It is a mistake to suppose that he could ever have been intended for the popular personification of evil’ (Shelley). This view of Satan is debatable and needs to be discussed in detail.
Satan has remained the most dynamic character of the epic but Adam personifies the values and traits that far exceed that of Satan who needs to plot against him to remain in good books of God in the Paradise. Satan is portrayed as a headstrong, confident and brave person but his vanity about his own powerful stature and his ambition to become God brings about his downfall. He challenges the God’s son ascendancy and incites other angels ‘[B]y what best way…Whether of open war or covert guile,/We now debate; who can advise, may speak’ (ll. 40-42).
In fact, Satan’s character is highly anti-hero primarily because despite having commendable personality and traits, his failure to cash on his good qualities is frequently displayed through his shrewd planning and deceit. He uses subterfuge and tempts Eve with apple so that Adam can also commit the action that would make him fall from God’s grace. Satan’s continued revolt against God’s decision is highly critical aspect of Satan’s character and reveals his flaws that promote chaos and therefore, do not let him become the hero of the epic. ‘Th’ Infernal Serpent; he it was whose guile / Stirred up with envy and revenge, deceived / The mother of mankind, what time his pride / Of rebel angels, by whose aid aspiring / To set himself in glory above his peers / He trusted to have equaled the Most High’ (I. 35-40). The cunning and ambiguity of character diminish his more heroic traits.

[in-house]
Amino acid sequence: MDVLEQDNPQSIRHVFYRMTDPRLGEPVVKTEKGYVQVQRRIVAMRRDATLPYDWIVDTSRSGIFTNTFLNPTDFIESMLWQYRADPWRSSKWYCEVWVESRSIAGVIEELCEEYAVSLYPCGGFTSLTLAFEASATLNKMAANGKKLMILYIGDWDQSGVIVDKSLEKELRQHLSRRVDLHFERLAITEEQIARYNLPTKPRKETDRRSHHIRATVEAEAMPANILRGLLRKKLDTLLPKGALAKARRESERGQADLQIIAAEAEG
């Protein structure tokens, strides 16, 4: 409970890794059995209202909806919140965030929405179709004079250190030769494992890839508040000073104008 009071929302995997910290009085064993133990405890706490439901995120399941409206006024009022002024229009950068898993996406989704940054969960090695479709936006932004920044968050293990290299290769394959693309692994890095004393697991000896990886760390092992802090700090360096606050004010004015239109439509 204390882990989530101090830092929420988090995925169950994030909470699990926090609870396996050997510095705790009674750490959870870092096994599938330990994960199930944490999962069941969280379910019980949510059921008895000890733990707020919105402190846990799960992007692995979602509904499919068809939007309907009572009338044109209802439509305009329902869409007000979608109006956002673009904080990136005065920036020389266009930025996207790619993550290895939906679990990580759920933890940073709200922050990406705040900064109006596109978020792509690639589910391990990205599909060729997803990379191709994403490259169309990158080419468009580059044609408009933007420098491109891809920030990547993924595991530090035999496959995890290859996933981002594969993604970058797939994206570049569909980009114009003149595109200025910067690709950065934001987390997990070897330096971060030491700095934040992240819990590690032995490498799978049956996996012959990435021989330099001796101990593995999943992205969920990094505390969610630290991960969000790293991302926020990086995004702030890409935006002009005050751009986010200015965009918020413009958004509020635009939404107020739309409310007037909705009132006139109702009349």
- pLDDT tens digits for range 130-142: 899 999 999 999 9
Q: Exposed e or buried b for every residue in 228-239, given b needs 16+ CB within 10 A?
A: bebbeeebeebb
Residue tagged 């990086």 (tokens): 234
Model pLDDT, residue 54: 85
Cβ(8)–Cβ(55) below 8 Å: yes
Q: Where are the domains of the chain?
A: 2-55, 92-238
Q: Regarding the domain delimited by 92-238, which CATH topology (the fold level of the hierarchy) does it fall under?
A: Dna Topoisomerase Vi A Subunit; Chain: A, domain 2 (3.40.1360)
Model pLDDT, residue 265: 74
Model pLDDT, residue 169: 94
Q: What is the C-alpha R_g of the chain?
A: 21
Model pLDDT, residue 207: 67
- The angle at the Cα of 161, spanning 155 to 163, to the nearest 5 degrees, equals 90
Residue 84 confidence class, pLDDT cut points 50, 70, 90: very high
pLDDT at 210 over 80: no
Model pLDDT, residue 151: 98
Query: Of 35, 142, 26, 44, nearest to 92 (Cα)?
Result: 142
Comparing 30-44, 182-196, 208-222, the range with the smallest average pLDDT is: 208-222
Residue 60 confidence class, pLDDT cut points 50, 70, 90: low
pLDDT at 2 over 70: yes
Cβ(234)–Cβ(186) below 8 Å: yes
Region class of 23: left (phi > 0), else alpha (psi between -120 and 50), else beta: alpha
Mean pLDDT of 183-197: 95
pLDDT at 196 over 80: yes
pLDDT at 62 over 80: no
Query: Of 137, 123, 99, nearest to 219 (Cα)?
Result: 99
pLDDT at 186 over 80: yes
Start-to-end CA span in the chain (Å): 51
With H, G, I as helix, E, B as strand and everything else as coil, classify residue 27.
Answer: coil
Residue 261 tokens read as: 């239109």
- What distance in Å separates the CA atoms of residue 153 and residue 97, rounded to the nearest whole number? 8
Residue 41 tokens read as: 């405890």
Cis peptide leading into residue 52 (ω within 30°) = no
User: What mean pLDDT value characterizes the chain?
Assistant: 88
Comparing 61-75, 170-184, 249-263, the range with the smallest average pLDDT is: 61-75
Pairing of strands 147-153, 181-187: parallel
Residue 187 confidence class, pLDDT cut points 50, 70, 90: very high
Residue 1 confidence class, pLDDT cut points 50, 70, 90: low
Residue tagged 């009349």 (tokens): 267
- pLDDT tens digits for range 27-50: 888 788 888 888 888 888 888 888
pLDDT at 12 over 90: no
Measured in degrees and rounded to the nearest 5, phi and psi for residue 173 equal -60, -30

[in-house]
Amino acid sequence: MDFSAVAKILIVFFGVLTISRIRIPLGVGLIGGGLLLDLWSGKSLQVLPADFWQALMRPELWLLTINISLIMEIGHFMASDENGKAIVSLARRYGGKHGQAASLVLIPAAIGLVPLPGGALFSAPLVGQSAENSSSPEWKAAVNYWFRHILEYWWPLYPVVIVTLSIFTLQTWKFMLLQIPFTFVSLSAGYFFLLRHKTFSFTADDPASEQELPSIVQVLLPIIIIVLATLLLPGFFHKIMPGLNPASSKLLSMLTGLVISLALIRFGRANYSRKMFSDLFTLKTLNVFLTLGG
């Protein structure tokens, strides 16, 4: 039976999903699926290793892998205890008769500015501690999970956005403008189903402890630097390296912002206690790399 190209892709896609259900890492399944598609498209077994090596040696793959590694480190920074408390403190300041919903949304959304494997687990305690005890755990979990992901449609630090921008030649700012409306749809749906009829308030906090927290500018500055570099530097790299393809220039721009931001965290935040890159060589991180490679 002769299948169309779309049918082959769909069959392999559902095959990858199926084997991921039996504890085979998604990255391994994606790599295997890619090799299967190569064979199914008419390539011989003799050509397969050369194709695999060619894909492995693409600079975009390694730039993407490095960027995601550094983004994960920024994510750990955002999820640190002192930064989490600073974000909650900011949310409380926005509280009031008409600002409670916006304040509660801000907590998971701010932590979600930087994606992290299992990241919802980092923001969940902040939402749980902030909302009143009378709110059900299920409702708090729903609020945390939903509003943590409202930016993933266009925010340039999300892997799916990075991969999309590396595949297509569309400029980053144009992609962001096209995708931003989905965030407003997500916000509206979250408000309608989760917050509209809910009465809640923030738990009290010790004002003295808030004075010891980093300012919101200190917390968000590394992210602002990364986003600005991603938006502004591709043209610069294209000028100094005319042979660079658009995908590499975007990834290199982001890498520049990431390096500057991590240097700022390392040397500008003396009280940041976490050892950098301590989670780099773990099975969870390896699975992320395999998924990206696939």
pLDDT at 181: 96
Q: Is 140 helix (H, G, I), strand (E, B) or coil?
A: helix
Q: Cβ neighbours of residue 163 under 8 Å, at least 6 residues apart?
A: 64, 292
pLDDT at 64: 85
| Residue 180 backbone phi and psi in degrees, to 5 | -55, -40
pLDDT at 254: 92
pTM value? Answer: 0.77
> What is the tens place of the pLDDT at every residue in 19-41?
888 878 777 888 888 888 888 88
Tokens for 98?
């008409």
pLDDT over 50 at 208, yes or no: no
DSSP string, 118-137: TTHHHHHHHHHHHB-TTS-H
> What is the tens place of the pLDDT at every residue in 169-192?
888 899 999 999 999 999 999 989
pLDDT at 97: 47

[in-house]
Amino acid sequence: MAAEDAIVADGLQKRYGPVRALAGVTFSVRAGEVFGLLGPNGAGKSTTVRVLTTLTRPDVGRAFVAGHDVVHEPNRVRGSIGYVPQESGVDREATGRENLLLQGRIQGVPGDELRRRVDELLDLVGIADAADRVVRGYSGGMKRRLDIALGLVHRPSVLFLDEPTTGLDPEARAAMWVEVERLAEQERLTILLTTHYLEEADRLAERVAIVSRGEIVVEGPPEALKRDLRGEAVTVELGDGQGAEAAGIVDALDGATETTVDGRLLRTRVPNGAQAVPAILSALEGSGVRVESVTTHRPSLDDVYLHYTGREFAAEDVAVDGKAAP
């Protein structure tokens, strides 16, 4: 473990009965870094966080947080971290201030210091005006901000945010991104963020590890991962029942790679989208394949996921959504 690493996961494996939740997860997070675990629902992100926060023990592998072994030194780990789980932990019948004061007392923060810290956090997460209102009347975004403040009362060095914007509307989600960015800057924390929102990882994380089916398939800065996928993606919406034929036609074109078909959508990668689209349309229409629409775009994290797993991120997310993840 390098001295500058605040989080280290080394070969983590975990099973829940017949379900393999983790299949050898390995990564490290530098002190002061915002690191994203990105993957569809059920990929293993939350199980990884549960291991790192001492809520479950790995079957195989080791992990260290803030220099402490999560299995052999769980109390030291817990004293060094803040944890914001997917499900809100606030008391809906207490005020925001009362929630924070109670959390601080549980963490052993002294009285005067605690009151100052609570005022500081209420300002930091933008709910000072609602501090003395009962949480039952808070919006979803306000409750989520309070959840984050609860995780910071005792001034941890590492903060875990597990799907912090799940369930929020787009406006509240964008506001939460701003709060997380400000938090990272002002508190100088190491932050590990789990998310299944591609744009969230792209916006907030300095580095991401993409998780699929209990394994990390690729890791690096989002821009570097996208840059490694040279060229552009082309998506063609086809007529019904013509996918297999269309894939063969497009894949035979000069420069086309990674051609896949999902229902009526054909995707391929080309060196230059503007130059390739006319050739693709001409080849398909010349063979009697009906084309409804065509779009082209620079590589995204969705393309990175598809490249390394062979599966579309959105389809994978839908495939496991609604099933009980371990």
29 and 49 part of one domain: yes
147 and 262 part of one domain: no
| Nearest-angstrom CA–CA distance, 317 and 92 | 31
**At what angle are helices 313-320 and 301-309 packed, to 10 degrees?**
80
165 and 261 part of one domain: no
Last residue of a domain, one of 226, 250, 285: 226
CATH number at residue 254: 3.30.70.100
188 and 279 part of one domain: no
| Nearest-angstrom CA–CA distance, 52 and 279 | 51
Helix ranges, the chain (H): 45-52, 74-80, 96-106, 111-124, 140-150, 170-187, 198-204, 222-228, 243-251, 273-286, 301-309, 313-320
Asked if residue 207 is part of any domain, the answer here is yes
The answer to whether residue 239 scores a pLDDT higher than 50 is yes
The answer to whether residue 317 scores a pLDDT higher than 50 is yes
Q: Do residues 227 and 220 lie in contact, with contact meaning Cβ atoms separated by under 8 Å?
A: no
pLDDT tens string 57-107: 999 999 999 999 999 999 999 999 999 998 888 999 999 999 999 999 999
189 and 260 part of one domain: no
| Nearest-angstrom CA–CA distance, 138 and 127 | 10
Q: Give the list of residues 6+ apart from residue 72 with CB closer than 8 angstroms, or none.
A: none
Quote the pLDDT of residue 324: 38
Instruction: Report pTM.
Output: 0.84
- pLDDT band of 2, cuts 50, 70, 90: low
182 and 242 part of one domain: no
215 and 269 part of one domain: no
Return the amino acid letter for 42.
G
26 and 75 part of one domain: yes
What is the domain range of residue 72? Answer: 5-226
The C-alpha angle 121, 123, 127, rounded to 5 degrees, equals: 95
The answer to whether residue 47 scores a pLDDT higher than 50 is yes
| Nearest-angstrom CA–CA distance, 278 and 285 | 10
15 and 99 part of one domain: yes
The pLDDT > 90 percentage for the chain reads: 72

Satan is also shown to possess vanity and would rather prefer hell to heaven if he can be a ruler there! ‘Better to reign in hell than serve in heaven’ (Book I, l. 263). Despite his bitterness, he accepts hell so that he could remain in the commanding position. His ego and his ambitious goal to become the heir of God encourage